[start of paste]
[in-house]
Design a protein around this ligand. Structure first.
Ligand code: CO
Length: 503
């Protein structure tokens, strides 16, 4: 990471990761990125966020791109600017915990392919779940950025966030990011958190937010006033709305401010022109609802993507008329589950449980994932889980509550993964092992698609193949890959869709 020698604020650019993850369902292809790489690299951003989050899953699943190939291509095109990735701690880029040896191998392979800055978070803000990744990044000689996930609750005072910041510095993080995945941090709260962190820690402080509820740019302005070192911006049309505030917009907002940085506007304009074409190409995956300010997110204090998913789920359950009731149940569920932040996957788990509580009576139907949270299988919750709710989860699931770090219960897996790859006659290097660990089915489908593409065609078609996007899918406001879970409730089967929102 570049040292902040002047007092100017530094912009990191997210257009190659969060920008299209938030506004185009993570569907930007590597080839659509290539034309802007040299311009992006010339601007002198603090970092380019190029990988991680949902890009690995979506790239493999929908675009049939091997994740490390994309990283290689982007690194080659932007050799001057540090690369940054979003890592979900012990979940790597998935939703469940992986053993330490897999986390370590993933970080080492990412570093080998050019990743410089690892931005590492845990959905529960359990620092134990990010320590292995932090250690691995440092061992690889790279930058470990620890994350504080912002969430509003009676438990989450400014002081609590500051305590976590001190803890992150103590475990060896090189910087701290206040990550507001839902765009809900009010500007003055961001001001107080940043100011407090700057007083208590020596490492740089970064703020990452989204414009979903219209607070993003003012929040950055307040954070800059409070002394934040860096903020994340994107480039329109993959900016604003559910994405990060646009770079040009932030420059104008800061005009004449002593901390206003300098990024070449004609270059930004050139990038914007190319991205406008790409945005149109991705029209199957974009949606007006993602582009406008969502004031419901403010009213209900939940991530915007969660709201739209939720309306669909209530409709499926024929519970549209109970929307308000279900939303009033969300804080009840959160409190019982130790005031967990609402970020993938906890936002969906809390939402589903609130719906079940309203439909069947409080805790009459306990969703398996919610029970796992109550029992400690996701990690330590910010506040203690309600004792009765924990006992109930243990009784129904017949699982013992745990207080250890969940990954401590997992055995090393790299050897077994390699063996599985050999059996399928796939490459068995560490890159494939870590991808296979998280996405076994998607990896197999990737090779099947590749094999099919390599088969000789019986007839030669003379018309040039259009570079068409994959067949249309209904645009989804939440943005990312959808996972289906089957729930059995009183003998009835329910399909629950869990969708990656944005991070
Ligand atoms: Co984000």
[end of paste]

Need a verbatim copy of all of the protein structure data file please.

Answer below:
[in-house]
Design a protein around this ligand. Structure first.
Ligand code: CO
Length: 503
């Protein structure tokens, strides 16, 4: 990471990761990125966020791109600017915990392919779940950025966030990011958190937010006033709305401010022109609802993507008329589950449980994932889980509550993964092992698609193949890959869709 020698604020650019993850369902292809790489690299951003989050899953699943190939291509095109990735701690880029040896191998392979800055978070803000990744990044000689996930609750005072910041510095993080995945941090709260962190820690402080509820740019302005070192911006049309505030917009907002940085506007304009074409190409995956300010997110204090998913789920359950009731149940569920932040996957788990509580009576139907949270299988919750709710989860699931770090219960897996790859006659290097660990089915489908593409065609078609996007899918406001879970409730089967929102 570049040292902040002047007092100017530094912009990191997210257009190659969060920008299209938030506004185009993570569907930007590597080839659509290539034309802007040299311009992006010339601007002198603090970092380019190029990988991680949902890009690995979506790239493999929908675009049939091997994740490390994309990283290689982007690194080659932007050799001057540090690369940054979003890592979900012990979940790597998935939703469940992986053993330490897999986390370590993933970080080492990412570093080998050019990743410089690892931005590492845990959905529960359990620092134990990010320590292995932090250690691995440092061992690889790279930058470990620890994350504080912002969430509003009676438990989450400014002081609590500051305590976590001190803890992150103590475990060896090189910087701290206040990550507001839902765009809900009010500007003055961001001001107080940043100011407090700057007083208590020596490492740089970064703020990452989204414009979903219209607070993003003012929040950055307040954070800059409070002394934040860096903020994340994107480039329109993959900016604003559910994405990060646009770079040009932030420059104008800061005009004449002593901390206003300098990024070449004609270059930004050139990038914007190319991205406008790409945005149109991705029209199957974009949606007006993602582009406008969502004031419901403010009213209900939940991530915007969660709201739209939720309306669909209530409709499926024929519970549209109970929307308000279900939303009033969300804080009840959160409190019982130790005031967990609402970020993938906890936002969906809390939402589903609130719906079940309203439909069947409080805790009459306990969703398996919610029970796992109550029992400690996701990690330590910010506040203690309600004792009765924990006992109930243990009784129904017949699982013992745990207080250890969940990954401590997992055995090393790299050897077994390699063996599985050999059996399928796939490459068995560490890159494939870590991808296979998280996405076994998607990896197999990737090779099947590749094999099919390599088969000789019986007839030669003379018309040039259009570079068409994959067949249309209904645009989804939440943005990312959808996972289906089957729930059995009183003998009835329910399909629950869990969708990656944005991070
Ligand atoms: Co984000």